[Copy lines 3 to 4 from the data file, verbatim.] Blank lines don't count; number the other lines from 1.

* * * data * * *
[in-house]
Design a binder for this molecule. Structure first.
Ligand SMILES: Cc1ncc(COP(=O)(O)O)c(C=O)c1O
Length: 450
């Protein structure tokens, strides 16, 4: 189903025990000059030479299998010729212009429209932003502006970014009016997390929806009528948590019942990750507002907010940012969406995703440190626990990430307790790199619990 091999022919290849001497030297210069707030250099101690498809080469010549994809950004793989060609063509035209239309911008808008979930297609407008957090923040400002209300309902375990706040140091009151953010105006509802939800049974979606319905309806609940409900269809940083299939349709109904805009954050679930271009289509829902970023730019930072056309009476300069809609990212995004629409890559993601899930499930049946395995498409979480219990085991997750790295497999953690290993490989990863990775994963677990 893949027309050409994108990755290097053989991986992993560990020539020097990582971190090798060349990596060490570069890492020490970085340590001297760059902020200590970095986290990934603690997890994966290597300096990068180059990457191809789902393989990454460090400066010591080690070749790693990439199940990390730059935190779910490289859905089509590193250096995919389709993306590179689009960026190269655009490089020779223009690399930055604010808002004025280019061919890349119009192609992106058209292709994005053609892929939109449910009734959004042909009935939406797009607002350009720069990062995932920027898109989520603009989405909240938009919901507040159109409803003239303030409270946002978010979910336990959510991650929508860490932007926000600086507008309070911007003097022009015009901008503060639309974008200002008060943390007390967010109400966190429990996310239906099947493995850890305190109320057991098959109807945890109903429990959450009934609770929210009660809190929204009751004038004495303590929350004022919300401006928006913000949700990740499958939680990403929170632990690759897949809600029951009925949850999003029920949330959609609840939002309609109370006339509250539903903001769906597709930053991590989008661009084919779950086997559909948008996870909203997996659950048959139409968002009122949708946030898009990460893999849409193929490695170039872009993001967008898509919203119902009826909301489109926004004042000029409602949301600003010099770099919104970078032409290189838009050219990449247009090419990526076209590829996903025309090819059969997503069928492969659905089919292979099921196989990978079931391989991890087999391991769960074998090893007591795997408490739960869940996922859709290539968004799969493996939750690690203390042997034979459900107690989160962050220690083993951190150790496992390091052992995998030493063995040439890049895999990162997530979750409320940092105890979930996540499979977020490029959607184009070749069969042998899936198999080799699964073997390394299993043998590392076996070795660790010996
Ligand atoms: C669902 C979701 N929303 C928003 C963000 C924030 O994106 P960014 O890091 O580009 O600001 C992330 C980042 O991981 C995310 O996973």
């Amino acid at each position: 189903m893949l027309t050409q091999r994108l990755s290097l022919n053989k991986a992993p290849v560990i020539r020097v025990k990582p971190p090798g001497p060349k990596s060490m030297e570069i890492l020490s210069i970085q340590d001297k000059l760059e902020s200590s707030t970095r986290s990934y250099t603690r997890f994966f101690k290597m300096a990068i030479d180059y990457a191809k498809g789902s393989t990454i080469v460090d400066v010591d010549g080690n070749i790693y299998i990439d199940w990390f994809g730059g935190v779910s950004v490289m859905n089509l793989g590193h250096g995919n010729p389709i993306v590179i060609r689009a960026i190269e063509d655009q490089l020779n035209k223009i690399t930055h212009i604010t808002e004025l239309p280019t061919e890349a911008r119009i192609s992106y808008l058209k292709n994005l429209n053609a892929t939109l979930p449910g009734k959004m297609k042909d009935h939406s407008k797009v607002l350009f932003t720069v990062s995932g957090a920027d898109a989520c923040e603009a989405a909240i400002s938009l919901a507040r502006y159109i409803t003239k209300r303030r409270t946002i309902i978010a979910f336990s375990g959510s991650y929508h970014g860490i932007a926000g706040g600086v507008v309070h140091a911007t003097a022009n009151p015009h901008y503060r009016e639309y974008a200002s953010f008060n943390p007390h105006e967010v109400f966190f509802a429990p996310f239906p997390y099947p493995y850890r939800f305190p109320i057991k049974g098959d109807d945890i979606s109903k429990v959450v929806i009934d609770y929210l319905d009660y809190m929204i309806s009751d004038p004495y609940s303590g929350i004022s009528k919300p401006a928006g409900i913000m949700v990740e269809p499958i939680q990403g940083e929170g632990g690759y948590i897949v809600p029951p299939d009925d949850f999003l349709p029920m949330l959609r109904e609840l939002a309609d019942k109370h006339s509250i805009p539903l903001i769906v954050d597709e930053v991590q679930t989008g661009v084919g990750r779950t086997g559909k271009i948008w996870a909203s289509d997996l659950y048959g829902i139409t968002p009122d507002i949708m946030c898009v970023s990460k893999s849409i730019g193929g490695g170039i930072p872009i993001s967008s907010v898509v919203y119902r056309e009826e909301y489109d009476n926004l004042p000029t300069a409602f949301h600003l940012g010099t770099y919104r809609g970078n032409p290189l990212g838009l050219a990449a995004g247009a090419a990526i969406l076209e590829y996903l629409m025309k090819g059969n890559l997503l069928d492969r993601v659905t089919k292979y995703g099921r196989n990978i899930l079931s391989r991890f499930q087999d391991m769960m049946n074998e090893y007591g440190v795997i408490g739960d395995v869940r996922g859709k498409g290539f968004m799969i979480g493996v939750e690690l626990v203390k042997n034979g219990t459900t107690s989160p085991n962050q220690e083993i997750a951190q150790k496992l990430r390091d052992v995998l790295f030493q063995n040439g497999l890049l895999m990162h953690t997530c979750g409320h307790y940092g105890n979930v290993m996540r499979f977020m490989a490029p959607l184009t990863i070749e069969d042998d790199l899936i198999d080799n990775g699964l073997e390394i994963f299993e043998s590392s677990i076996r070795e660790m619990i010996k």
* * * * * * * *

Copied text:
Ligand SMILES: Cc1ncc(COP(=O)(O)O)c(C=O)c1O
Length: 450